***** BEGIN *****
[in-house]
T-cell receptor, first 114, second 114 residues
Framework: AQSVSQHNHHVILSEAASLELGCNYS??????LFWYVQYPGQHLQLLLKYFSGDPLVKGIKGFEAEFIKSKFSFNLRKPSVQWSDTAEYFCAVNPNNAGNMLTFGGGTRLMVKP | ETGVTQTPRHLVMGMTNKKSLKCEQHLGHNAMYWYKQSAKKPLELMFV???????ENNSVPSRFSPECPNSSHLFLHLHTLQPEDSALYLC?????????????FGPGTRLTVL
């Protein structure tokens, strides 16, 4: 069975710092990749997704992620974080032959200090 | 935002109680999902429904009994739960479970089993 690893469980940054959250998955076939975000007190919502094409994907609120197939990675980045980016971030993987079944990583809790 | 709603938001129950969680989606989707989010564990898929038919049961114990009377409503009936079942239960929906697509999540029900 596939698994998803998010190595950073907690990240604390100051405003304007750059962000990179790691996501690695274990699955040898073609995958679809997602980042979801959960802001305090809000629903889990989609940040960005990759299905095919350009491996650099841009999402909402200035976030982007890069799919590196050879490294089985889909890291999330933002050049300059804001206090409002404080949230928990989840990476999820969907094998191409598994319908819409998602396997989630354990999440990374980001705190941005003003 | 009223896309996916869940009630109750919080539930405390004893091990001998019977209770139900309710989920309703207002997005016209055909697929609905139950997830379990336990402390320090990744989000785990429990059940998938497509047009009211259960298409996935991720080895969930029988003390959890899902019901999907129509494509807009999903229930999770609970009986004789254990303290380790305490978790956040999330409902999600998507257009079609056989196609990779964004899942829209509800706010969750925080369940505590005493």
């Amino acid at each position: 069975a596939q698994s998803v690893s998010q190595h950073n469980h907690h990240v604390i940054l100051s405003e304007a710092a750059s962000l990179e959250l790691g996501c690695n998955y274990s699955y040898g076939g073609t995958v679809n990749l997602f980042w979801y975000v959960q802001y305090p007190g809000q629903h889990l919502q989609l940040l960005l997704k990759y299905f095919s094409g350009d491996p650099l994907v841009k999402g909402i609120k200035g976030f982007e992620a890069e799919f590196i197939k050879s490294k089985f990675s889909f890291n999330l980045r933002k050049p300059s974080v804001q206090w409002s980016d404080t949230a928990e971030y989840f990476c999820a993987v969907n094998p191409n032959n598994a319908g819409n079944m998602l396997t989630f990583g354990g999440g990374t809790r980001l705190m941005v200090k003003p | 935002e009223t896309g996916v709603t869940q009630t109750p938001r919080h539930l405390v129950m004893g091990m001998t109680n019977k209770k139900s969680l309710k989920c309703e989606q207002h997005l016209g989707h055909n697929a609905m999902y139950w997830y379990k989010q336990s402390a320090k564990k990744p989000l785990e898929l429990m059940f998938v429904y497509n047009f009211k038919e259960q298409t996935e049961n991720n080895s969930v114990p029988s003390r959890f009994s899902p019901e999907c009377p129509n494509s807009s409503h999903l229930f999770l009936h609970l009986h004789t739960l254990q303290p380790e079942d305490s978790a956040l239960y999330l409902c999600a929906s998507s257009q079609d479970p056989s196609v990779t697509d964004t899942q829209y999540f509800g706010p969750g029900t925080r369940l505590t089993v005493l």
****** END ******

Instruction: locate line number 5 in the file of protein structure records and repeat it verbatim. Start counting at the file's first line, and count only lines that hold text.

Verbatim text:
């Amino acid at each position: 069975a596939q698994s998803v690893s998010q190595h950073n469980h907690h990240v604390i940054l100051s405003e304007a710092a750059s962000l990179e959250l790691g996501c690695n998955y274990s699955y040898g076939g073609t995958v679809n990749l997602f980042w979801y975000v959960q802001y305090p007190g809000q629903h889990l919502q989609l940040l960005l997704k990759y299905f095919s094409g350009d491996p650099l994907v841009k999402g909402i609120k200035g976030f982007e992620a890069e799919f590196i197939k050879s490294k089985f990675s889909f890291n999330l980045r933002k050049p300059s974080v804001q206090w409002s980016d404080t949230a928990e971030y989840f990476c999820a993987v969907n094998p191409n032959n598994a319908g819409n079944m998602l396997t989630f990583g354990g999440g990374t809790r980001l705190m941005v200090k003003p | 935002e009223t896309g996916v709603t869940q009630t109750p938001r919080h539930l405390v129950m004893g091990m001998t109680n019977k209770k139900s969680l309710k989920c309703e989606q207002h997005l016209g989707h055909n697929a609905m999902y139950w997830y379990k989010q336990s402390a320090k564990k990744p989000l785990e898929l429990m059940f998938v429904y497509n047009f009211k038919e259960q298409t996935e049961n991720n080895s969930v114990p029988s003390r959890f009994s899902p019901e999907c009377p129509n494509s807009s409503h999903l229930f999770l009936h609970l009986h004789t739960l254990q303290p380790e079942d305490s978790a956040l239960y999330l409902c999600a929906s998507s257009q079609d479970p056989s196609v990779t697509d964004t899942q829209y999540f509800g706010p969750g029900t925080r369940l505590t089993v005493l």